What's the Latest Development?

Google's new privacy policy has gone into effect, consolidating user information from across all its platforms. The creation of its massive personal data bank has many asking if privacy is a thing of the past. Joss Wright, who studies privacy technology at Oxford University, says companies like Google must be transparent about their privacy policies because much of their business depends on customer goodwill. That may be true, says Tom Chatfield, a writer and commentator on digital culture, but companies like Google prefer to apologize after the fact rather than ask permission.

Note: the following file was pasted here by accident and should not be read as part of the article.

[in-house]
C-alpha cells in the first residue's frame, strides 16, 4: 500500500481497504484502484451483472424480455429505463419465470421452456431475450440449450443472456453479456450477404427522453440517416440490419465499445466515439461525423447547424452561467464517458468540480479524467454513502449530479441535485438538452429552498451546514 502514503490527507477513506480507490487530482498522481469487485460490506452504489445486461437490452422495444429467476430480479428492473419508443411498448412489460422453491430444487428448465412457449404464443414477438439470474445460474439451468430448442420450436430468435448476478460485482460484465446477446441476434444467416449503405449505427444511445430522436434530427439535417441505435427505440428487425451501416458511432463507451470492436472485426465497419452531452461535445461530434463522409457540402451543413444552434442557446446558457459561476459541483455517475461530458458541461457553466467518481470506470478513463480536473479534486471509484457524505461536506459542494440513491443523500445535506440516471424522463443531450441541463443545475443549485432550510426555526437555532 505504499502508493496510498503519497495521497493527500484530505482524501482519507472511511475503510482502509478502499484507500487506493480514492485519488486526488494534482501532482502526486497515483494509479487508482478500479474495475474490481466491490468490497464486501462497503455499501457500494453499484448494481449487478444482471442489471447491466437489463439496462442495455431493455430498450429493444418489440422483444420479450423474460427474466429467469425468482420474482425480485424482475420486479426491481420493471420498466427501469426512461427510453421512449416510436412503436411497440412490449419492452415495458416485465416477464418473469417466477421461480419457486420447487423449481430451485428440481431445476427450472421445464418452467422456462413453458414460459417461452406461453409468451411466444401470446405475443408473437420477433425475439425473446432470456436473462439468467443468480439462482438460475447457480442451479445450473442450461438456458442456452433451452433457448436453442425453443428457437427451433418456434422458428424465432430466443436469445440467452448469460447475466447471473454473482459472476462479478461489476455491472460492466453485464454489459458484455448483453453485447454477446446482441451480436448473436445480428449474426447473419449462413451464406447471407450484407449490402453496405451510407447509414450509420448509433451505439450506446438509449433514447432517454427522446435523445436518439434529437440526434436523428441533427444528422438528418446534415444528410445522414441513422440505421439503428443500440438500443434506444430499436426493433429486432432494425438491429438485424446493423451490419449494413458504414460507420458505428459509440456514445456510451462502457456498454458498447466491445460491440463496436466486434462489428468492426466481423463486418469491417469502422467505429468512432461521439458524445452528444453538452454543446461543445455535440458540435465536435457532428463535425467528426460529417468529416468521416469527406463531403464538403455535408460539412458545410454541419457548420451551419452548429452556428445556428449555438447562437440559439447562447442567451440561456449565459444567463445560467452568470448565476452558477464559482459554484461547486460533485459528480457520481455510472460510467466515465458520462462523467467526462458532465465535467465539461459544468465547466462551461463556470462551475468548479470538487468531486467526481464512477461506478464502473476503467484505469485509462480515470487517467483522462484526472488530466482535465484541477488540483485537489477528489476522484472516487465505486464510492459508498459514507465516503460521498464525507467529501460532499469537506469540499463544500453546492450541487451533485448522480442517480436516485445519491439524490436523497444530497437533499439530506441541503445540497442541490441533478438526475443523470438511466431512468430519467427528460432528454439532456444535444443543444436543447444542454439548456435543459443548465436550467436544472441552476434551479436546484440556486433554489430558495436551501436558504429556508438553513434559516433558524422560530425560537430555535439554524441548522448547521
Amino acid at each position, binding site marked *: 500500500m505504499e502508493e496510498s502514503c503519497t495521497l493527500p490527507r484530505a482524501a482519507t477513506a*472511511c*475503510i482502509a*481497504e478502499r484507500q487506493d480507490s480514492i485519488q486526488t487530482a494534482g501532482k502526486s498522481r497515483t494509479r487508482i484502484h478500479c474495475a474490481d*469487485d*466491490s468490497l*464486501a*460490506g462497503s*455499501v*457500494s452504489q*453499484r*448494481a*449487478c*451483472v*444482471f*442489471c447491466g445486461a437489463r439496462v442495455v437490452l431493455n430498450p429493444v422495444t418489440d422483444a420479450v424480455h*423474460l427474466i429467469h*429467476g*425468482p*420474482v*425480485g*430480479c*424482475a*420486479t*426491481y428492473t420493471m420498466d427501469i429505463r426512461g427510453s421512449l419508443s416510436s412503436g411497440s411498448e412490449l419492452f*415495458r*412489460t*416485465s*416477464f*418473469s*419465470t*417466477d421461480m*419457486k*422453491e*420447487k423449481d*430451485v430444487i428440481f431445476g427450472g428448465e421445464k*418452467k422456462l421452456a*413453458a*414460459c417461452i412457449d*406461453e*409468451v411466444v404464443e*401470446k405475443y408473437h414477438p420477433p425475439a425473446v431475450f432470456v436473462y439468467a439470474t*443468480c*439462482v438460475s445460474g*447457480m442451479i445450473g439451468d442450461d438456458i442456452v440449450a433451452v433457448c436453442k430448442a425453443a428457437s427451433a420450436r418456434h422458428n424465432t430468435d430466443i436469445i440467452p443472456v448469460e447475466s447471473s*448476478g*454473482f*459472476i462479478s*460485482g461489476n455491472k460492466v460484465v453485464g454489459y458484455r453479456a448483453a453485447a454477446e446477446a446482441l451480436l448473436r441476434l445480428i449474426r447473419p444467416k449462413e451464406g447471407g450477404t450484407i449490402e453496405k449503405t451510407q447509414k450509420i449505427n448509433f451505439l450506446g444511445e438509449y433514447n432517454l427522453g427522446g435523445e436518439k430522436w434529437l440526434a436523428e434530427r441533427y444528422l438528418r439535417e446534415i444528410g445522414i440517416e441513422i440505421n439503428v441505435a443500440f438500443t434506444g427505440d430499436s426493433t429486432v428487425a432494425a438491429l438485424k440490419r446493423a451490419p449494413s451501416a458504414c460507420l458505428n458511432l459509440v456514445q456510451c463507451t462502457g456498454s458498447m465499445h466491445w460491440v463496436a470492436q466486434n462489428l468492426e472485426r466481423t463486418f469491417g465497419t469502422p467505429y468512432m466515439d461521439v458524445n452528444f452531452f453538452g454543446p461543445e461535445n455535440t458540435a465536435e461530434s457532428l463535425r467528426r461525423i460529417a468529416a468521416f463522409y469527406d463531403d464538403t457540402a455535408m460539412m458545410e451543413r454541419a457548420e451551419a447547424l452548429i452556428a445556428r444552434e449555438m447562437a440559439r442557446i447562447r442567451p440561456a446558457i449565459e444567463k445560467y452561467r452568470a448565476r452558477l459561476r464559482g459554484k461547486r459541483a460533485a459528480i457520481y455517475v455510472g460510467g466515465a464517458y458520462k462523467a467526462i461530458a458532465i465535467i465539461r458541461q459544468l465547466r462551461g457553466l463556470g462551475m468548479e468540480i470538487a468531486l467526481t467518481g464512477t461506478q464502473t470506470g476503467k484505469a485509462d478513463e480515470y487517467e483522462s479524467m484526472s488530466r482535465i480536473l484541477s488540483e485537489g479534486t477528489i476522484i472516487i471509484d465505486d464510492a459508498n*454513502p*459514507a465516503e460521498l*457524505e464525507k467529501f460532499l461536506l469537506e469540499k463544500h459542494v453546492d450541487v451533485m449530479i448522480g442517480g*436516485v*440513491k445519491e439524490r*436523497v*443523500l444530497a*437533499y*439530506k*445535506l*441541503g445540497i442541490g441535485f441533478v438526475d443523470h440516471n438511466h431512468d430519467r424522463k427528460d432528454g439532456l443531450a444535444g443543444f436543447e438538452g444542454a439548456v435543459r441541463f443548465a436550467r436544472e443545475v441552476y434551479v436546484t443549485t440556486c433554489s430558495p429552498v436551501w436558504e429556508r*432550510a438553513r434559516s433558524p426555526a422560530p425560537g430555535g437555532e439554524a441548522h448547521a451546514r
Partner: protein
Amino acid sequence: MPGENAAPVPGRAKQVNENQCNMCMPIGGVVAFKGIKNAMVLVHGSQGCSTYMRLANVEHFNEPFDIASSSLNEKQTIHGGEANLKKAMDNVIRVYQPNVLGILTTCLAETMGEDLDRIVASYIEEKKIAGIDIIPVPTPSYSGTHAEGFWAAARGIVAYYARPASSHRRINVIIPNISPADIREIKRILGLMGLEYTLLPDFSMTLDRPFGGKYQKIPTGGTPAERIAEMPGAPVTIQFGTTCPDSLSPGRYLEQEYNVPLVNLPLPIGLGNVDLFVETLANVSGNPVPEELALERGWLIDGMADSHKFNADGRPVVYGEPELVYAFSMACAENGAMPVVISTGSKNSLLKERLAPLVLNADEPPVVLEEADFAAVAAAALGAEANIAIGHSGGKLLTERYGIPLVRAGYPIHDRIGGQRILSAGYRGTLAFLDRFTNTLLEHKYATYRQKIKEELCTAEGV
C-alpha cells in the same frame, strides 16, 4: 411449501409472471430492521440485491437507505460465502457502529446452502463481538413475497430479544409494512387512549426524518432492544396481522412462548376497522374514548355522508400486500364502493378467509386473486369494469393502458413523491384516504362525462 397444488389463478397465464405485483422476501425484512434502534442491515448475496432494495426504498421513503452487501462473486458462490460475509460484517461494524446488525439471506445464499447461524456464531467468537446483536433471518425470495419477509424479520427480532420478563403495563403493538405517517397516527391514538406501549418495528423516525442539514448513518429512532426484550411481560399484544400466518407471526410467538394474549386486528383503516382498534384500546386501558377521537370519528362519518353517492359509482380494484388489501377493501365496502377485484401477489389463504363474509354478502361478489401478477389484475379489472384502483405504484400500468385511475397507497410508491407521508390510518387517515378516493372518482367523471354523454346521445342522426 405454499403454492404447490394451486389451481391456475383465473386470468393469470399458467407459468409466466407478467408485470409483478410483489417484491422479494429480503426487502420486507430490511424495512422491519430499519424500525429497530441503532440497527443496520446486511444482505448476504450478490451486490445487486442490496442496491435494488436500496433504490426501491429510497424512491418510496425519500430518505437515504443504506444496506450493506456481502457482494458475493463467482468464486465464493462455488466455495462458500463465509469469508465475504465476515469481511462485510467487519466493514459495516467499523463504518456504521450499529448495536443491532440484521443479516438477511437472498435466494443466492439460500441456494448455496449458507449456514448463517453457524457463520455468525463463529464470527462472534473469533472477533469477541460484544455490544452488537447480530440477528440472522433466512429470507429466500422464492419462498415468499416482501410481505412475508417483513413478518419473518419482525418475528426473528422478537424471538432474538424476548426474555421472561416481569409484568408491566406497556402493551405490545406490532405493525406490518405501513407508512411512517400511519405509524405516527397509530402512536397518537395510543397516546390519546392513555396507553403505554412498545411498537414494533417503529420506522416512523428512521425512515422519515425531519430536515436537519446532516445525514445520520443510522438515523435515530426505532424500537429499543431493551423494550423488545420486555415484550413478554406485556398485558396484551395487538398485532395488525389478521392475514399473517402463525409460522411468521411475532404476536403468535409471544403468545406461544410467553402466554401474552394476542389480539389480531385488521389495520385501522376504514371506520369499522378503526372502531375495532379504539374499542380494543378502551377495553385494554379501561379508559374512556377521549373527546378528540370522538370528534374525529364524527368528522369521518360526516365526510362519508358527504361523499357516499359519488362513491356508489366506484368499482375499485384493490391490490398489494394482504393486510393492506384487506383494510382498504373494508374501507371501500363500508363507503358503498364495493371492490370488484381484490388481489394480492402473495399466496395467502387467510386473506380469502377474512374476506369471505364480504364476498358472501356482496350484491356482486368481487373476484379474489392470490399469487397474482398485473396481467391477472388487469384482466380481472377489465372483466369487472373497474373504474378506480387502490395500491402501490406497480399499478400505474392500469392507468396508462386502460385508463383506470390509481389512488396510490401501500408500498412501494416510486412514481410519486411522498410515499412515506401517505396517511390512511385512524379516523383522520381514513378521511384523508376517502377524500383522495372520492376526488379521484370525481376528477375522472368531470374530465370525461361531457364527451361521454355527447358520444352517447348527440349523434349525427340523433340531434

What's the Big Idea?

The worry is that individuals are no longer able to shape who has control over personal information nor the companies who collect that information. Scholars propose legal recourse for those who have been wronged by a company's data collection policy but the reality, says Wright, is that the legal process favors companies with the financial means to fight endless legal battles. Chatfield recognizes the seeming inability of well-meaning people, like the Green party, to effectuate political change. Reflecting on the Arab Spring, he proposes direct democratic action. 

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